---------------------- Nonsense, as now, most high technology then was incapable of being manufactured by most folks who needed it, in their homes and garages.
---------------------- Which is why they weren't patented and weren't eligible for patent.
------------------------ They did, where they could. Mostly they couldn't, they were neither technically competent, nor lived near a patent repositority so they could research whatever the hell it was they had wanted. If a farmer who was a blacksmith saw something of metal and wanted a few, he made them, this was done for thousands of years. Those who didn't have those skills bought them or did without.
In the case of a railroad baron, that would be making them for corporate profit, and would be actionable because a corporation is not an individual and has no "skills".
------------------------------ I'm looking, but it was published one of the last times this all came up once before, either a couple or four years back. I'm sure I saved it, but my CD indexing is poor. Anyone recall or have that?
-Steve
Reply to
R. Steve Walz
Who said patents are limited to high technology? Do you consider a water valve at the end of a wood float to be high technology? It was once patented, used off-the-shelf parts stuck together, and is now part of most every toilet.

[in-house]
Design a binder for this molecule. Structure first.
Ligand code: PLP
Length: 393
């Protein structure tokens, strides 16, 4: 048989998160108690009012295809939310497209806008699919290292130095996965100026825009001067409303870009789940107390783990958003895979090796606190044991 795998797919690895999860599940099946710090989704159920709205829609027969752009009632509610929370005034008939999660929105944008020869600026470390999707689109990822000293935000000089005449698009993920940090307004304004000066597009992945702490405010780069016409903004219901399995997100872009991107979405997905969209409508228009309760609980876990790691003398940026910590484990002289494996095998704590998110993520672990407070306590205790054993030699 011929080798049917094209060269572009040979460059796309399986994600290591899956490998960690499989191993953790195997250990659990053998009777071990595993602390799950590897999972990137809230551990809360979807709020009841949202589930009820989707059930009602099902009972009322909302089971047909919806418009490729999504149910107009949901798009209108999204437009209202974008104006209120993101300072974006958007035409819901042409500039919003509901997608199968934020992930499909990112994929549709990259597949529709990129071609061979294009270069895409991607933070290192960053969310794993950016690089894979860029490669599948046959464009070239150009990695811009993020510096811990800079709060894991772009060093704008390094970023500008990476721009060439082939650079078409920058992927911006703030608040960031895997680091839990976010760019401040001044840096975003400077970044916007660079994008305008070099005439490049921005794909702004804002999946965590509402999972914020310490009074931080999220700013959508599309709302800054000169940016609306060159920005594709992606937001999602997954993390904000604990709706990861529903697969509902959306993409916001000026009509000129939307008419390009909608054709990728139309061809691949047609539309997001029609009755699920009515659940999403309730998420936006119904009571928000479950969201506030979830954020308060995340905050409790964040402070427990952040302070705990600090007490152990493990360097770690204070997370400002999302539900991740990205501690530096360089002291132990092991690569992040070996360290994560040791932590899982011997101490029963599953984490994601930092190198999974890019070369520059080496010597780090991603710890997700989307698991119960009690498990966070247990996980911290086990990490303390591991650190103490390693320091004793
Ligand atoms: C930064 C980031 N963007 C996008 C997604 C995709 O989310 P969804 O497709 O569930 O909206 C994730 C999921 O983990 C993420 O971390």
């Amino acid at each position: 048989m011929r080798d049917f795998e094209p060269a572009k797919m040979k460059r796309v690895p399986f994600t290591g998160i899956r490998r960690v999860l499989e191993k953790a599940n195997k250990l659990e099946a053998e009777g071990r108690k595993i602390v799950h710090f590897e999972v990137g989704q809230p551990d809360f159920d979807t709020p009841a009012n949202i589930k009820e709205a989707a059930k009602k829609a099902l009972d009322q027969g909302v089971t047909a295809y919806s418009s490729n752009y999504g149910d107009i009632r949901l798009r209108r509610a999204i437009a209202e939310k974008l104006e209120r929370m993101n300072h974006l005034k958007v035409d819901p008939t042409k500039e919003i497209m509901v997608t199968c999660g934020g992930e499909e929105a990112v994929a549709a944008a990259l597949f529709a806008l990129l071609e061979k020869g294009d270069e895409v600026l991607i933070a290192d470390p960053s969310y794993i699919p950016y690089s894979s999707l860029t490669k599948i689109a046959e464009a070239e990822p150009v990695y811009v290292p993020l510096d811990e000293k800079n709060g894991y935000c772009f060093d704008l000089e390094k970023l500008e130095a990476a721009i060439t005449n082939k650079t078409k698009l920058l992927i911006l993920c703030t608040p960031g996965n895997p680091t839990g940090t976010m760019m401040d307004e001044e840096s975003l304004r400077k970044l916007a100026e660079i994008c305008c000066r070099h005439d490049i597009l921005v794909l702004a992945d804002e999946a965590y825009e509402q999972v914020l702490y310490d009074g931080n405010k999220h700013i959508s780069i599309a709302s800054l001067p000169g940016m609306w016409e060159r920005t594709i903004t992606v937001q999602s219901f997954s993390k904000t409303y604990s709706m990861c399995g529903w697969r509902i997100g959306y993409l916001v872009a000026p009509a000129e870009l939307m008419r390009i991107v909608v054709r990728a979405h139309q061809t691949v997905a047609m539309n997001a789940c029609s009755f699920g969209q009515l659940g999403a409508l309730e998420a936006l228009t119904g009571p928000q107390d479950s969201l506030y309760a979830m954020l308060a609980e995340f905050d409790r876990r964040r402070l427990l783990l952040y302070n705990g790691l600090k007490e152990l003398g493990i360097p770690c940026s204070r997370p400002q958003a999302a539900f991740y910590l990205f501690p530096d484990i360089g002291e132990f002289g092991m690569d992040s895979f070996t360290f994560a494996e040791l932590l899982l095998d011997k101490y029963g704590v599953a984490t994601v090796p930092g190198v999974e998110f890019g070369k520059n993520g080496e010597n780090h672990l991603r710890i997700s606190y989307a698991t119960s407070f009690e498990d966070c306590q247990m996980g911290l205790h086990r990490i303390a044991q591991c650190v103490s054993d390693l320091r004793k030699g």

I'd be interested if you could find it. And I'm sure you will find *something*, but I think you'll discover the case law you mention would not specify "build" as having any such EXCLUSIVE meaning, as you say. If courts went around doing that, they would invalidate countless previous cases where words were defined with other meanings. What they *do* rule on is language of *inclusion*, applying a word/phrase in a statute to also cover the current ruling.
You could also save yourself some time, visit the uspto.gov site, and look through their statutes and case law.
If you do find there is an unlimited personal use exemption, Steve, you will surprise quite a number of intellectual property lawyers...